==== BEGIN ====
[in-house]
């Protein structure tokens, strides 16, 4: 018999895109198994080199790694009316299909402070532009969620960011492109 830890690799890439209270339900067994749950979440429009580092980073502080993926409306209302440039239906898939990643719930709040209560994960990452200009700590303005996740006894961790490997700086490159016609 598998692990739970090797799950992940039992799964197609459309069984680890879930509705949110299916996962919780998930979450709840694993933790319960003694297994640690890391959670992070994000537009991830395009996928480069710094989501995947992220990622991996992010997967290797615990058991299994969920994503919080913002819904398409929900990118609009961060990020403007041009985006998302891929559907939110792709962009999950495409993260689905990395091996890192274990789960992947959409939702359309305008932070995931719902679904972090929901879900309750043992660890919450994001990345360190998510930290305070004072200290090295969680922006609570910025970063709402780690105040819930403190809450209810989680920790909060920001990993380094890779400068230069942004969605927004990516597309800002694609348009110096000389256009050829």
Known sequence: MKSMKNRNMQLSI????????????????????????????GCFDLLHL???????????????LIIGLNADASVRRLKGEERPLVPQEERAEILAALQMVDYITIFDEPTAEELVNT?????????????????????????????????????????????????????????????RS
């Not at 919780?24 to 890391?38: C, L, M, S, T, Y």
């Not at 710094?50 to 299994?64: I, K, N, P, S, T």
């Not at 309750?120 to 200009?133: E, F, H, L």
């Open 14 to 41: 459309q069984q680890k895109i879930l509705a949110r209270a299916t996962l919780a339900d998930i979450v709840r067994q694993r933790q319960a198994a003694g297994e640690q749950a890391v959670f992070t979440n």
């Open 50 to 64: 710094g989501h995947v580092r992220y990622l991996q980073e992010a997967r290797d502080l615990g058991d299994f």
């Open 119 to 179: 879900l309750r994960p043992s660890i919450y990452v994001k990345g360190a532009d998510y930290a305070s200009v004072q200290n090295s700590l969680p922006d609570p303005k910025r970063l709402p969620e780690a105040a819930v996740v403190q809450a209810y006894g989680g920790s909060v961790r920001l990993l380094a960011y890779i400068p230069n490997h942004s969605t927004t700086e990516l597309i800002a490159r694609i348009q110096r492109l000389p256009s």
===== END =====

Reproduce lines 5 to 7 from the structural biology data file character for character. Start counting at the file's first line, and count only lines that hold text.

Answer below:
């Not at 710094?50 to 299994?64: I, K, N, P, S, T």
């Not at 309750?120 to 200009?133: E, F, H, L």
């Open 14 to 41: 459309q069984q680890k895109i879930l509705a949110r209270a299916t996962l919780a339900d998930i979450v709840r067994q694993r933790q319960a198994a003694g297994e640690q749950a890391v959670f992070t979440n």